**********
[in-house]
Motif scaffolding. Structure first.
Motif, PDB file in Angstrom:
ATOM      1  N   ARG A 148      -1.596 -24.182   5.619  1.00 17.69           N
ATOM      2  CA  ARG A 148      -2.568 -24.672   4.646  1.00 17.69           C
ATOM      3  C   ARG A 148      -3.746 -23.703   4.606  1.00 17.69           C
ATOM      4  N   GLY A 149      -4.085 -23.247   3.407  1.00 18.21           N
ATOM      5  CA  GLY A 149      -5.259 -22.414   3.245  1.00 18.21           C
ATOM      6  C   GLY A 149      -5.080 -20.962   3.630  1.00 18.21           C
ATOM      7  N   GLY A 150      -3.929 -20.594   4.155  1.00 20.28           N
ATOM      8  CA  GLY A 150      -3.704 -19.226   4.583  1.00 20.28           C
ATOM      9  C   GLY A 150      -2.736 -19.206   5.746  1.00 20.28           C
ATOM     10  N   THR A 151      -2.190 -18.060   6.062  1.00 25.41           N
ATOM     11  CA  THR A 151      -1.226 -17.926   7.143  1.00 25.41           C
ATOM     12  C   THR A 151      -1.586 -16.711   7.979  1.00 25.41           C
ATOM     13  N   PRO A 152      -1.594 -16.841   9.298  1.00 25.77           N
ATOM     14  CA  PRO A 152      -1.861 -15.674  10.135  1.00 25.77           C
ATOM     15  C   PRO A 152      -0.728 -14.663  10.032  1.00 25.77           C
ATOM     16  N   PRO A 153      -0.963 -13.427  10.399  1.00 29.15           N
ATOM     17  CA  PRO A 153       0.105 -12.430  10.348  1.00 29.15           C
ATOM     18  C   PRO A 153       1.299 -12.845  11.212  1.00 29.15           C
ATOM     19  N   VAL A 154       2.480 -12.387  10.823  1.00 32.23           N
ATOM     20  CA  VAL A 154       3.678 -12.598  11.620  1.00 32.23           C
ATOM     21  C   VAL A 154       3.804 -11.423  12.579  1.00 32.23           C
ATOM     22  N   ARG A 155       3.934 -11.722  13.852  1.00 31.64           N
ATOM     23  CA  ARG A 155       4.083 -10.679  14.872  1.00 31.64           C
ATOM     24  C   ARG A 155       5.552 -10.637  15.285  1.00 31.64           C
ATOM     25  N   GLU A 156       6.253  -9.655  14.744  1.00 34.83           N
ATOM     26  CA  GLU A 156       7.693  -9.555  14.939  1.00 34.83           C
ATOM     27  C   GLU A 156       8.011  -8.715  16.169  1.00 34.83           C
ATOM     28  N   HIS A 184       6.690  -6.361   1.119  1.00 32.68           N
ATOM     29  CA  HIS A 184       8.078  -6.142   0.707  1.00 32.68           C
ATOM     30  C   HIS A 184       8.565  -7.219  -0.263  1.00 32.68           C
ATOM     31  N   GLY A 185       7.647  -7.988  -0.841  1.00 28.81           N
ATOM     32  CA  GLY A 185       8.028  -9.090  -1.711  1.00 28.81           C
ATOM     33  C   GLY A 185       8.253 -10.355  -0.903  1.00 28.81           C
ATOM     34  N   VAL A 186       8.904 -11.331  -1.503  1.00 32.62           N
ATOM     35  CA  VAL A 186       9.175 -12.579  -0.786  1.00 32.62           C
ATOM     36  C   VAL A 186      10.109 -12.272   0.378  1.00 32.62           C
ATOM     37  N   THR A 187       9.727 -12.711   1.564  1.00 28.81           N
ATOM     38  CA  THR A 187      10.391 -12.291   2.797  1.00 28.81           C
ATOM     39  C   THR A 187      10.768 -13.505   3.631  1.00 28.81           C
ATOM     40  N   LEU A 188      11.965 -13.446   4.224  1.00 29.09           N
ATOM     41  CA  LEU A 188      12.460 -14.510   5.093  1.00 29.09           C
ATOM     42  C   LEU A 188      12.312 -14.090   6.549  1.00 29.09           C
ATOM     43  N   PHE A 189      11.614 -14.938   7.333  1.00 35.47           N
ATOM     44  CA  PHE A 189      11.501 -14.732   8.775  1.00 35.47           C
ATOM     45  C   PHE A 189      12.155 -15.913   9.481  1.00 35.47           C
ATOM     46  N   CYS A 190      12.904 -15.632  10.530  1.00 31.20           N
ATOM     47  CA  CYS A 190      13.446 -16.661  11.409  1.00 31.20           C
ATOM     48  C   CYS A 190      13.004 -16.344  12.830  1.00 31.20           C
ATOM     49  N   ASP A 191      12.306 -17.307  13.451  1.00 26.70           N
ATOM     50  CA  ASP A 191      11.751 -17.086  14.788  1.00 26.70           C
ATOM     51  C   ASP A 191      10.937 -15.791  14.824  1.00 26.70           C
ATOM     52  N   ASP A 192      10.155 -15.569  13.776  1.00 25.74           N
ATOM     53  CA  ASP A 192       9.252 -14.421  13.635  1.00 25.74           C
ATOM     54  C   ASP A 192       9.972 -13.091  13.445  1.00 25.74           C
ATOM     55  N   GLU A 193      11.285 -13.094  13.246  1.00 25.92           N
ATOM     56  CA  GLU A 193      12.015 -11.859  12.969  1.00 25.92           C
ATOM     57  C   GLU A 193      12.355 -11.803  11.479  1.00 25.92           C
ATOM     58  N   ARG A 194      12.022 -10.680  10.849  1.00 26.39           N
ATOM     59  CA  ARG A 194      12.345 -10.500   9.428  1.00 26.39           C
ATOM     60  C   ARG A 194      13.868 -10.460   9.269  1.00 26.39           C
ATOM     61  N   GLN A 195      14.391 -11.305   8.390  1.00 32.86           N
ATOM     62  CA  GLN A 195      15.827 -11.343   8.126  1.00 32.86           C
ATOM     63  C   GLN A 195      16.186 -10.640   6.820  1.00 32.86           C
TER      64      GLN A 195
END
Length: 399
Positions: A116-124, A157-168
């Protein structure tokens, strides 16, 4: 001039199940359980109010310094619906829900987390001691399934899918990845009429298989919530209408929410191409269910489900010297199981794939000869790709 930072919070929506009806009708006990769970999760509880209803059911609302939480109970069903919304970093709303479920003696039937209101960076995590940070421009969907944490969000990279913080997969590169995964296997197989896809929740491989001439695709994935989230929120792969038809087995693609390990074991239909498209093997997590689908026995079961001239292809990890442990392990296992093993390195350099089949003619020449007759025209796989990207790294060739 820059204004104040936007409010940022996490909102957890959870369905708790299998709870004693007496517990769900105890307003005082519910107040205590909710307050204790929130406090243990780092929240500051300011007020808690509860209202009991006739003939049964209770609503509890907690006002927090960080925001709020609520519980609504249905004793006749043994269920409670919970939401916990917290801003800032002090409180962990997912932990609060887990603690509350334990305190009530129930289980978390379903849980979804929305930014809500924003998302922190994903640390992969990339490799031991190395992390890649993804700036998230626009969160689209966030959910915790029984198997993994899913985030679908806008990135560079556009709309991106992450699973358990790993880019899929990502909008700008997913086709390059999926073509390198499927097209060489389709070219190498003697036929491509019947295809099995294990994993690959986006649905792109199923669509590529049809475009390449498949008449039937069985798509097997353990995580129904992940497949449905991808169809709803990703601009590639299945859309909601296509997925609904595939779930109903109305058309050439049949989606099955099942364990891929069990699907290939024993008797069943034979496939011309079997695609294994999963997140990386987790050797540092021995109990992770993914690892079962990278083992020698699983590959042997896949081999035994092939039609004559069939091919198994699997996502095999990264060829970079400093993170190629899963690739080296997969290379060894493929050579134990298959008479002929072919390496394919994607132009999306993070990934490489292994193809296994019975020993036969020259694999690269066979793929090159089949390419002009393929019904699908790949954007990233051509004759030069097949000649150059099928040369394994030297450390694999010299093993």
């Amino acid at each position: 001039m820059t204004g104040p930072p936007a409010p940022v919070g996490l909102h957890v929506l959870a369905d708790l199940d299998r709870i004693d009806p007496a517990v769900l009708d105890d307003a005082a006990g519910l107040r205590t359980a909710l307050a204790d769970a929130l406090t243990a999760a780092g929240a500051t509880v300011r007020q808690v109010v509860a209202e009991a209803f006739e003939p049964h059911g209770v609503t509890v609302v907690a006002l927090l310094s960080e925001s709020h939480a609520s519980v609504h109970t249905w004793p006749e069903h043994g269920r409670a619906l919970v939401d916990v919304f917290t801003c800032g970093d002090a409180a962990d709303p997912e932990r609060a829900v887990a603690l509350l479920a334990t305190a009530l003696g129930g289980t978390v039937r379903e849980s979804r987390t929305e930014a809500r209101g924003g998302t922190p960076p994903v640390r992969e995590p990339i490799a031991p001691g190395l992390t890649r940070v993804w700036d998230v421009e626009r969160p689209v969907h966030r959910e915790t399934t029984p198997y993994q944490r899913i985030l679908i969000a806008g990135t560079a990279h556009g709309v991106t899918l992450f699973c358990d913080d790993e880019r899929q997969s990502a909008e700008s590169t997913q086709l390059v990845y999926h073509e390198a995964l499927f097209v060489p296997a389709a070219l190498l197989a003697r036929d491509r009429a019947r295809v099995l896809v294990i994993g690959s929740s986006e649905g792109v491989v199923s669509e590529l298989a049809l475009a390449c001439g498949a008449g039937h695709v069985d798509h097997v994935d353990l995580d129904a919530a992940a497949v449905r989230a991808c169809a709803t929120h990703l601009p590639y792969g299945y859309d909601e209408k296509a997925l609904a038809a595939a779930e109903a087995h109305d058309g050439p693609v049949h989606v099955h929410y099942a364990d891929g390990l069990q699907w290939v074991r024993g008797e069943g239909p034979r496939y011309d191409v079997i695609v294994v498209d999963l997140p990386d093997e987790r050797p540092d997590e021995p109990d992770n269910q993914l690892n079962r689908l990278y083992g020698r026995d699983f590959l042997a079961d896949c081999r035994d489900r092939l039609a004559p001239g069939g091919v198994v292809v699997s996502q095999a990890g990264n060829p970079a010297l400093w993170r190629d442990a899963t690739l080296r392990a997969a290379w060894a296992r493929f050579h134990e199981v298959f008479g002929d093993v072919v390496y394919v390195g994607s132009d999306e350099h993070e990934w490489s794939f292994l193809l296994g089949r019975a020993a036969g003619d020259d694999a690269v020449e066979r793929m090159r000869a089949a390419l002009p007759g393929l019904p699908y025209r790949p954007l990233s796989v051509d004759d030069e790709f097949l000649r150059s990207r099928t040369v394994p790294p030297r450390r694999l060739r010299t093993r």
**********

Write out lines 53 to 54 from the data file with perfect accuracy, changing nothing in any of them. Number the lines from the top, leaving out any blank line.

ATOM     50  CA  ASP A 191      11.751 -17.086  14.788  1.00 26.70           C
ATOM     51  C   ASP A 191      10.937 -15.791  14.824  1.00 26.70           C